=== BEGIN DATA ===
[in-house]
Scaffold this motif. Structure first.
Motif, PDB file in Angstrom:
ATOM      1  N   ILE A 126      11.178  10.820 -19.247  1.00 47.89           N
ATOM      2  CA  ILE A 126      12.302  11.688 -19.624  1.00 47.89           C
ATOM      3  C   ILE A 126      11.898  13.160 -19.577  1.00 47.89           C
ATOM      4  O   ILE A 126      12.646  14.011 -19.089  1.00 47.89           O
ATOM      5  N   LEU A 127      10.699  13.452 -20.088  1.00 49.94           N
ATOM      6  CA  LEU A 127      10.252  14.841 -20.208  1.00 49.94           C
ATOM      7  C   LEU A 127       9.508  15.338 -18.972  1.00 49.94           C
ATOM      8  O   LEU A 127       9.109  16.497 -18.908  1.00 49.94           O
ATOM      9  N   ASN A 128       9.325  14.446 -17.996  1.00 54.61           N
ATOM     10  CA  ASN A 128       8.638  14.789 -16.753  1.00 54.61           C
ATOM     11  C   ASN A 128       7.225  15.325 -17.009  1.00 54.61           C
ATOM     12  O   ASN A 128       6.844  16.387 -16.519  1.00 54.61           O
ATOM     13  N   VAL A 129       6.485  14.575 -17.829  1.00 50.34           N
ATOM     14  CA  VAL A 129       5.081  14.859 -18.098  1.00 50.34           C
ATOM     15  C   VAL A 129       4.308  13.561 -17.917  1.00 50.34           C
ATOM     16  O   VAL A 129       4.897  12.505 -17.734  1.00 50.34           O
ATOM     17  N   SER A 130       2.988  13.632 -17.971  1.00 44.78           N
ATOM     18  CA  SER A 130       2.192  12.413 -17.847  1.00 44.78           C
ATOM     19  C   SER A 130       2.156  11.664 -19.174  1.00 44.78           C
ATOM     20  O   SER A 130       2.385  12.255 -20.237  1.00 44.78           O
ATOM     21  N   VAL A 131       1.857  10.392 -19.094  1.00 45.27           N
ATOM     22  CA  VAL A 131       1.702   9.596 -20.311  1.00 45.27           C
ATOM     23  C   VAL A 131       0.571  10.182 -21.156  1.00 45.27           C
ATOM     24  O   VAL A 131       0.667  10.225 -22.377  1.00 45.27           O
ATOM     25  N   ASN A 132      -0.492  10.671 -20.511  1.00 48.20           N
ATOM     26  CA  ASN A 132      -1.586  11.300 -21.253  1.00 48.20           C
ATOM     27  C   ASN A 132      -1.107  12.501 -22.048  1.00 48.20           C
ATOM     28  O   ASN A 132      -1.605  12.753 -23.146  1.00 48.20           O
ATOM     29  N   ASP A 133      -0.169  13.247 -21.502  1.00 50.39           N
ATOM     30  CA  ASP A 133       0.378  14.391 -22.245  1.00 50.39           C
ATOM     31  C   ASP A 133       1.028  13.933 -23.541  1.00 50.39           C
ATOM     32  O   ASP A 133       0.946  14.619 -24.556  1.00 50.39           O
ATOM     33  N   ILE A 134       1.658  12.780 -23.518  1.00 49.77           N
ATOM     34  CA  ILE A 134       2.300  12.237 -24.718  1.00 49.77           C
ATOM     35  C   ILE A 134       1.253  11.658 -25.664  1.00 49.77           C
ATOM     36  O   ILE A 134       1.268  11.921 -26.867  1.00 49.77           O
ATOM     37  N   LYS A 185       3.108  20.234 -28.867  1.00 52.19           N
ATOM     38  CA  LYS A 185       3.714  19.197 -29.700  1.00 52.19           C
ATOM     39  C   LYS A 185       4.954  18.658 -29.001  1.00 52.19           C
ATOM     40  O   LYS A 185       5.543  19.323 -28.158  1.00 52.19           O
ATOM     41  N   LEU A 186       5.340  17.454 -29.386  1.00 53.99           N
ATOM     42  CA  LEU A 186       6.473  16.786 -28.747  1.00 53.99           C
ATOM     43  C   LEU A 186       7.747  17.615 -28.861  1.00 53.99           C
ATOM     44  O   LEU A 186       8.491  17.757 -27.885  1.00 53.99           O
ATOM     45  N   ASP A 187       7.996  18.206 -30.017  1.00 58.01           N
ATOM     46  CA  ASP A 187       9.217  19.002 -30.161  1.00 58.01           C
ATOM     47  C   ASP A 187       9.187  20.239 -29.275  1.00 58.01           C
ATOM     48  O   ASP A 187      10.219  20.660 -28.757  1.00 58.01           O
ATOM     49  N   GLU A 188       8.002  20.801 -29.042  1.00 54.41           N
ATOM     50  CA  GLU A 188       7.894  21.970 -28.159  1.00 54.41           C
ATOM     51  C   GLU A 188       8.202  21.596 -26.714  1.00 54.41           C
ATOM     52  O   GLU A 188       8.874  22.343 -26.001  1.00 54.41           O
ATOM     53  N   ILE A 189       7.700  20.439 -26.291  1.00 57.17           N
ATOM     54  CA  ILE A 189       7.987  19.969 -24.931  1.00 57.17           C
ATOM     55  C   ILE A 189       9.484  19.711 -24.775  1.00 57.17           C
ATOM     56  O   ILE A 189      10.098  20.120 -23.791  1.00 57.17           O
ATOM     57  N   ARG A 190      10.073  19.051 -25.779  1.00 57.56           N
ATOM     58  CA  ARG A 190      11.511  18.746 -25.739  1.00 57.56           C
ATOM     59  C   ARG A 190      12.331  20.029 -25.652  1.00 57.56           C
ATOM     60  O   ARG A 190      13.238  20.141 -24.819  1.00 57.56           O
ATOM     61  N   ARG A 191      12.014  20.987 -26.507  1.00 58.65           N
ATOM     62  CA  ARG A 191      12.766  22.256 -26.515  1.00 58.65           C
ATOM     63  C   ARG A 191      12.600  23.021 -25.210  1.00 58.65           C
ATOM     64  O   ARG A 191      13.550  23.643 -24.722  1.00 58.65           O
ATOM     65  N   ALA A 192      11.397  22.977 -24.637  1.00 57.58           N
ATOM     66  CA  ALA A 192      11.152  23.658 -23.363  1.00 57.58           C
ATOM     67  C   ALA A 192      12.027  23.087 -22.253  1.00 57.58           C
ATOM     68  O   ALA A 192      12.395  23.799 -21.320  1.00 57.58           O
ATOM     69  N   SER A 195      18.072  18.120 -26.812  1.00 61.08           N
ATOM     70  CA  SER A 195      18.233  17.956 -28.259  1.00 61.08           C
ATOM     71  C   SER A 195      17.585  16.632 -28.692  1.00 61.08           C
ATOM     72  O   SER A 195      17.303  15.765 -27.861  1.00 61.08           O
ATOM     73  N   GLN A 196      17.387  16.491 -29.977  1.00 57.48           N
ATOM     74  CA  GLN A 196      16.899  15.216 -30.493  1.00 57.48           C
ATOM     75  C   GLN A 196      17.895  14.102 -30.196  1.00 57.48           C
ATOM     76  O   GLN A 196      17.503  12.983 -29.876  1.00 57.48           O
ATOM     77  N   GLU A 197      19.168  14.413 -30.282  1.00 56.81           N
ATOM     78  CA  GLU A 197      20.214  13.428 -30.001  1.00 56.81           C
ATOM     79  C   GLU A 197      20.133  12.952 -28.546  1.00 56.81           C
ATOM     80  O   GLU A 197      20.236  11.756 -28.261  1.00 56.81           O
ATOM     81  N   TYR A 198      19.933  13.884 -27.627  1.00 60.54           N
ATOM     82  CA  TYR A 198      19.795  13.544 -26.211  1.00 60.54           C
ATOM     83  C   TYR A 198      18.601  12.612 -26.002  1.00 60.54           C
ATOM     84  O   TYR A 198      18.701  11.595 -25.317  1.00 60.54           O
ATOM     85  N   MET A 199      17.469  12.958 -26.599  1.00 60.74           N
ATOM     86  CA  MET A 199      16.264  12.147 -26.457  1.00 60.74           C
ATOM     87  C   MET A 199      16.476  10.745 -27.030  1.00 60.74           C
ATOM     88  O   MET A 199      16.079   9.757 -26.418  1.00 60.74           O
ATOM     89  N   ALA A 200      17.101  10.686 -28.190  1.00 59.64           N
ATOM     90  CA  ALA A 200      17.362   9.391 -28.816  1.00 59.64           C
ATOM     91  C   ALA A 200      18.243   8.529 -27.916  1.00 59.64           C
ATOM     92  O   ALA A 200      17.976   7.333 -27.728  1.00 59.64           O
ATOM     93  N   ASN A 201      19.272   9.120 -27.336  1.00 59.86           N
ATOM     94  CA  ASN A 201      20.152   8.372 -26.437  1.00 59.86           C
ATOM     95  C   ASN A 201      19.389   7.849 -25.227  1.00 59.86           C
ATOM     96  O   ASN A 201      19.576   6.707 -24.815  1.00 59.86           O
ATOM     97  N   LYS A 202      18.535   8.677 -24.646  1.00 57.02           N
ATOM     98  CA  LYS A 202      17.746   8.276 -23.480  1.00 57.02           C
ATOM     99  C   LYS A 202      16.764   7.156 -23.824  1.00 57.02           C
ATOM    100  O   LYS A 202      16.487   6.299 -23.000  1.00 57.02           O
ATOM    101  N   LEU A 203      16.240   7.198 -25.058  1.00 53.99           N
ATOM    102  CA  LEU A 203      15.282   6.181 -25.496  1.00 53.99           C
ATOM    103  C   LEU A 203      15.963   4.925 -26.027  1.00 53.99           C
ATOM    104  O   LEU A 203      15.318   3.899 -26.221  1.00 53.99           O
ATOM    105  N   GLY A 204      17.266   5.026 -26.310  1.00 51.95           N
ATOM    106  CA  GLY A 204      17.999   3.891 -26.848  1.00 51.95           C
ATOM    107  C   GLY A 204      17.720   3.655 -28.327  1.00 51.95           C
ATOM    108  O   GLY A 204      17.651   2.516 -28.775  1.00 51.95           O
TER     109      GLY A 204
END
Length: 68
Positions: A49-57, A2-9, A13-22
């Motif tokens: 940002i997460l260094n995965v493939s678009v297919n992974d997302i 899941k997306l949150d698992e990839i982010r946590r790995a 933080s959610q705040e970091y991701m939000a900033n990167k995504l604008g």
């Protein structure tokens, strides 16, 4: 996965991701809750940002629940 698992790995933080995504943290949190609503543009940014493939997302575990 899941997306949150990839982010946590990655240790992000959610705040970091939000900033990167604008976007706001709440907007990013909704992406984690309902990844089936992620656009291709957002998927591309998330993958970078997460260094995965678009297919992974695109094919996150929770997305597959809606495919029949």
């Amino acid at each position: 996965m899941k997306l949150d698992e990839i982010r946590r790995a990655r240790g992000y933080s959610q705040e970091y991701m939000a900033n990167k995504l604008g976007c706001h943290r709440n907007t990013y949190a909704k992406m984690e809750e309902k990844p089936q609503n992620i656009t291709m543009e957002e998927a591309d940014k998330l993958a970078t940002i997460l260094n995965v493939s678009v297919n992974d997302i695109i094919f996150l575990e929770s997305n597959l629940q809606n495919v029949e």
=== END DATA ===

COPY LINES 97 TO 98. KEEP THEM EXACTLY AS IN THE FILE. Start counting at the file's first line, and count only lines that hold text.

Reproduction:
ATOM     94  CA  ASN A 201      20.152   8.372 -26.437  1.00 59.86           C
ATOM     95  C   ASN A 201      19.389   7.849 -25.227  1.00 59.86           C